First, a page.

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Clos de l’Oratoire

Clos de l’Oratoire

The origins of Clos de l’Oratoire lie in the Peyreau estate, which was established by the Beylot family, a firm of négociants based in Libourne, in the middle years of the 19th century. The Beylot family have already cropped up in at least one other profile on this site, as this family of négociants – founded by Pierre Beylot in 1740 – didn’t shy away from buying their own vines and building suitably grand châteaux to accompany them. Jean-Pierre Beylot (born 1782), a grandson to the original Pierre Beylot, purchased Château Fonplégade in 1812, selling it four decades later.

The story of Château Peyreau begins not with these Beylots, however, but with Jean-Pierre Charles Beylot (1821 – 1909), who went by the name of Charles. He was a great grandson to Pierre, a son to Mathieu Beylot II (1790 – 1878) and a nephew to the aforementioned older Jean-Pierre. They all worked as négociants in the family firm, but it was Charles who has been credited with acquiring this particular parcel of land, with planting the vines, and with building Château Peyreau, which still stands today.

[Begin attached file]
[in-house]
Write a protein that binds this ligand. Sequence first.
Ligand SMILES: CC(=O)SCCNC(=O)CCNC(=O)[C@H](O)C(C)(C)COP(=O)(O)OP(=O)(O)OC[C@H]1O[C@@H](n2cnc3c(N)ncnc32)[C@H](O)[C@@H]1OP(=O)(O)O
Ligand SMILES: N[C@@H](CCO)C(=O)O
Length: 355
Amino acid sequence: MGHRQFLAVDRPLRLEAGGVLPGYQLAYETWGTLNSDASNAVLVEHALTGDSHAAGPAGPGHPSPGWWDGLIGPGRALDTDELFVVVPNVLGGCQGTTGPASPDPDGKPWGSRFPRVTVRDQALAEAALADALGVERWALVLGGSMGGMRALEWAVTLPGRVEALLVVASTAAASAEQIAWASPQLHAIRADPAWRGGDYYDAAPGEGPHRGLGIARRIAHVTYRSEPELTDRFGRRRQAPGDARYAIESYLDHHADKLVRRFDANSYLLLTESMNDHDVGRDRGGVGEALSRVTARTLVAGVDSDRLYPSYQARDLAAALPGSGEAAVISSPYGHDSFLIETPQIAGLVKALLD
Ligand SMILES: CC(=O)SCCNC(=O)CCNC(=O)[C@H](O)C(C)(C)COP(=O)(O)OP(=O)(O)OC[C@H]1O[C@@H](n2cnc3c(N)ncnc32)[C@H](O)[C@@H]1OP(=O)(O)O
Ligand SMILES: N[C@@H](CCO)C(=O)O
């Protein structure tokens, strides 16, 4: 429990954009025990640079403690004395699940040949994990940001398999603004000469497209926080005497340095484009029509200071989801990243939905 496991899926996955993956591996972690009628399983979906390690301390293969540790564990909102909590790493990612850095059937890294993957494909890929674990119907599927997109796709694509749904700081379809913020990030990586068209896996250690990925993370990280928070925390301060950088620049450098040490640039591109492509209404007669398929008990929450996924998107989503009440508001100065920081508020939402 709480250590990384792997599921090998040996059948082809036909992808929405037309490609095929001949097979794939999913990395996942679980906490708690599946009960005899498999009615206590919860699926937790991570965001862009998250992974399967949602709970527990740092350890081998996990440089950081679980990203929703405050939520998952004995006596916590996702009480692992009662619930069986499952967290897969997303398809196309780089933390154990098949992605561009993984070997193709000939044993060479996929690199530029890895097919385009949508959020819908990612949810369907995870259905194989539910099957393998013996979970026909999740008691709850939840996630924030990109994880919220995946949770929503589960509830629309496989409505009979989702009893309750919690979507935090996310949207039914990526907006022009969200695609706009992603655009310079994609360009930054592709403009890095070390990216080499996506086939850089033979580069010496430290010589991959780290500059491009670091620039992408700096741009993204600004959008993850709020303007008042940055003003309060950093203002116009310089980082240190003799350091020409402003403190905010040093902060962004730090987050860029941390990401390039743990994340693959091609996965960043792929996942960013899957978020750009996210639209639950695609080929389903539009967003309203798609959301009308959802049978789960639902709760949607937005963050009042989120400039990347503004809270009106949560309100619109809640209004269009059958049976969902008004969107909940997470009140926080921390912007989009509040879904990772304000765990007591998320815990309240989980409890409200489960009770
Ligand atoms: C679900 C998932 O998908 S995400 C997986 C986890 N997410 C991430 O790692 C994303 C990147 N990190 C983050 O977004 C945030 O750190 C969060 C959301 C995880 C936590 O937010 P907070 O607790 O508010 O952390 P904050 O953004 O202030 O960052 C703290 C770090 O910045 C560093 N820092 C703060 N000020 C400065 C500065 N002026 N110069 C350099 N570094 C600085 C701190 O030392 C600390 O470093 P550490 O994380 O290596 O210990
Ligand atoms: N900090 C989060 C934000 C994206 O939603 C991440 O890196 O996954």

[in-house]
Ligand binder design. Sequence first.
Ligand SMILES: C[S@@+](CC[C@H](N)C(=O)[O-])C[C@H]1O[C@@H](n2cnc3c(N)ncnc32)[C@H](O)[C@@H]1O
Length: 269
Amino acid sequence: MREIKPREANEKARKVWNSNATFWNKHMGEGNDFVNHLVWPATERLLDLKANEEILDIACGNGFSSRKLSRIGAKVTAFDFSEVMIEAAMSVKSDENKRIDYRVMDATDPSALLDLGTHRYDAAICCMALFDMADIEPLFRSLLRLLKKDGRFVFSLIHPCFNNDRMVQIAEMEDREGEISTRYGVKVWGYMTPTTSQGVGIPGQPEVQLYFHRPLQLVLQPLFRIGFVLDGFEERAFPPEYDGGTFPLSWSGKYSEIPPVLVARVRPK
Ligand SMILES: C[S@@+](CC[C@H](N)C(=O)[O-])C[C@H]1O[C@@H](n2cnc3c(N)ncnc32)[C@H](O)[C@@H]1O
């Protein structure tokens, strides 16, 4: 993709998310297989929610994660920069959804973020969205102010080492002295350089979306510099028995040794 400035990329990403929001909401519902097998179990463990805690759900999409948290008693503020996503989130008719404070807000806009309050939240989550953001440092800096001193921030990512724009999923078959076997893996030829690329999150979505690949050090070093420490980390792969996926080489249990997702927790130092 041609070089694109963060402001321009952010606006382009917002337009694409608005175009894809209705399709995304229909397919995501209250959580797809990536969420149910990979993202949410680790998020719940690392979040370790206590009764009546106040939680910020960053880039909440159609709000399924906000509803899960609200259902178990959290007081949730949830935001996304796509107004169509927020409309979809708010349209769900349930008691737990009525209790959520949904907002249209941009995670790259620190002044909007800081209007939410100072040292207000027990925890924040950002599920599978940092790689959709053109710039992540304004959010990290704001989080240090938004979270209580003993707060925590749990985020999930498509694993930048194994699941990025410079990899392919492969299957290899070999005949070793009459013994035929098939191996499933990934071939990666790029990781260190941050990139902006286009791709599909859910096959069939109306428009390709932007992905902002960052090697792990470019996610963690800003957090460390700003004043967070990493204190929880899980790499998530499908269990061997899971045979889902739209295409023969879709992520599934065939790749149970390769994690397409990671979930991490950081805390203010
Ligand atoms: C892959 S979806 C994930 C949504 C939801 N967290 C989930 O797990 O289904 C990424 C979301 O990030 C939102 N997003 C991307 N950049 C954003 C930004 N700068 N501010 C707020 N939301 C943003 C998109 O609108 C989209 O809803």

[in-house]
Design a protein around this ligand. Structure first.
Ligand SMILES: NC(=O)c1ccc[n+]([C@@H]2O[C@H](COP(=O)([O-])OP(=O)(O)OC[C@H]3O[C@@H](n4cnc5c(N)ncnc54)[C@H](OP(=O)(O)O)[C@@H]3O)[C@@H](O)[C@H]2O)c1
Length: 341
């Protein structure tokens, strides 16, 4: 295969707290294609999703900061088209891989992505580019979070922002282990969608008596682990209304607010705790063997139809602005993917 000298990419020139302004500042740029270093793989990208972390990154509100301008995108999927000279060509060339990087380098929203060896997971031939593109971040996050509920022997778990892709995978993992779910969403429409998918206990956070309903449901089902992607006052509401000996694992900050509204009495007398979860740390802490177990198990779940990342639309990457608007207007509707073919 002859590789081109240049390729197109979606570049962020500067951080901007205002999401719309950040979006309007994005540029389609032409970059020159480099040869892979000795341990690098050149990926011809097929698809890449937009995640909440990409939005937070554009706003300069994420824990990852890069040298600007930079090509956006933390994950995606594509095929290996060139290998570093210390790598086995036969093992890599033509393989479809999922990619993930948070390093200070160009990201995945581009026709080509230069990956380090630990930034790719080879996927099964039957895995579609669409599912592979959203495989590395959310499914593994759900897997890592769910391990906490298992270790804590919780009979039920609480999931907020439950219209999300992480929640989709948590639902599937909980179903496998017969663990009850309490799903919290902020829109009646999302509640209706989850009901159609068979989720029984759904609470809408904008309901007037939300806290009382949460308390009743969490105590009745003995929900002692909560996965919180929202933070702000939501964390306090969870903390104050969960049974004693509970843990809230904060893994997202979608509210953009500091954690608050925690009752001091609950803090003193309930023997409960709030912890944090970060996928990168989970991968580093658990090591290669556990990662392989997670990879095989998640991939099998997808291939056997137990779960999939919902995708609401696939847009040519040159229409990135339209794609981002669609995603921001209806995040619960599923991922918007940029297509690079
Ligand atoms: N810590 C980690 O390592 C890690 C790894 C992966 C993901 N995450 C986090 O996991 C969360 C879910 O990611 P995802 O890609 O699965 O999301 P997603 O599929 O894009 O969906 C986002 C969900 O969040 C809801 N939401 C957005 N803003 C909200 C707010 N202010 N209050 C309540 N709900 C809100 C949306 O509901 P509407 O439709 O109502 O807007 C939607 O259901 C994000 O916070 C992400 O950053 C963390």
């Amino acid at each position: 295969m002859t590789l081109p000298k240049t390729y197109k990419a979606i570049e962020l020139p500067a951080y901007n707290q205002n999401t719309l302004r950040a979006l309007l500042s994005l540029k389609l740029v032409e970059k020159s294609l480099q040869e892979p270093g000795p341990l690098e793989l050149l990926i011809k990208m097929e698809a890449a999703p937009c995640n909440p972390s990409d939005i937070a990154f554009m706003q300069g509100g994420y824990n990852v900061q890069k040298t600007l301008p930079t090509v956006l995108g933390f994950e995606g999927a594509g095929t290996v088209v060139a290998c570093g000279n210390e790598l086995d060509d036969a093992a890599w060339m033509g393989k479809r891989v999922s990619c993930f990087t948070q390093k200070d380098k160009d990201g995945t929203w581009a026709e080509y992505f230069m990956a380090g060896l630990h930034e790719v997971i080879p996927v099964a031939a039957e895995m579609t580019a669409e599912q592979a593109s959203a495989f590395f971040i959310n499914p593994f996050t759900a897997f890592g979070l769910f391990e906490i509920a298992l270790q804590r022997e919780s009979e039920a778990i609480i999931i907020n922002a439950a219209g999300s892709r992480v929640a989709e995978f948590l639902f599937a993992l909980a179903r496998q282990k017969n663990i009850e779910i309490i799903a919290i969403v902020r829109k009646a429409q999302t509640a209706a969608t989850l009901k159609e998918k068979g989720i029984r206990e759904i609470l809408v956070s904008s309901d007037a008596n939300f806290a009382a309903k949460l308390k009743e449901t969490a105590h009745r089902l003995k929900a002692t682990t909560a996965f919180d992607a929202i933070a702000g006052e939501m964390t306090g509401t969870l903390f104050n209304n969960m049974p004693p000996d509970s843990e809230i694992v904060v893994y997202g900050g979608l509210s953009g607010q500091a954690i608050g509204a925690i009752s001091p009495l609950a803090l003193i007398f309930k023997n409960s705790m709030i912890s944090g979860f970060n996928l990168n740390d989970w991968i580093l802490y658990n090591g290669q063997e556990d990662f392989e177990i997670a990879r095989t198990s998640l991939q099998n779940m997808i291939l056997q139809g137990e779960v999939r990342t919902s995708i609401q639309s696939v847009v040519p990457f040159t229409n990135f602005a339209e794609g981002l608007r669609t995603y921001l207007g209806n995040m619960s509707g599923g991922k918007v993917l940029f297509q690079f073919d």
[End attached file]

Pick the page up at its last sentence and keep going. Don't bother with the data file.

The Beylot Era

The Beylot family were seen to be in charge by the authors of the 1850 Cocks et Féret, which noted the existence of Château Peyrot (the spelling has varied considerably over the years), with an annual production of 30 tonneaux. This was our Charles Beylot, who was at the beginning of what would turn out to be an incredibly lengthy tenure. He had married Éléonore Eulalie Montouroy (1825 – 1900) and they already had two children by this time, Marie Thérèse Henriette (1845 – 1911) and Marie Catherine Hélène (born 1847), and a couple of years later they had a third, Jeanne Marie Charlotte Eulalie (1852 – 1915).

Clos de l'Oratoire

Of these three the second-born daughter Marie Catherine was the most relevant to this tale. She married François Henry Mathieu Marie Gaston Lacaze (born 1842) on June 23rd 1866. Marie would eventually inherit the château, although she first had a long wait, as Charles continued in charge for many decades. He was still going strong in 1868, by which time the annual production of wine at Château Peyrau (another spelling variation) was noted to be 25 to 35 tonneaux. And he was still there in 1874, when Château Peyraud (yet another variation, although this one stuck for a while) was producing 35 tonneaux per annum, climbing to 35-40 tonneaux in 1886.

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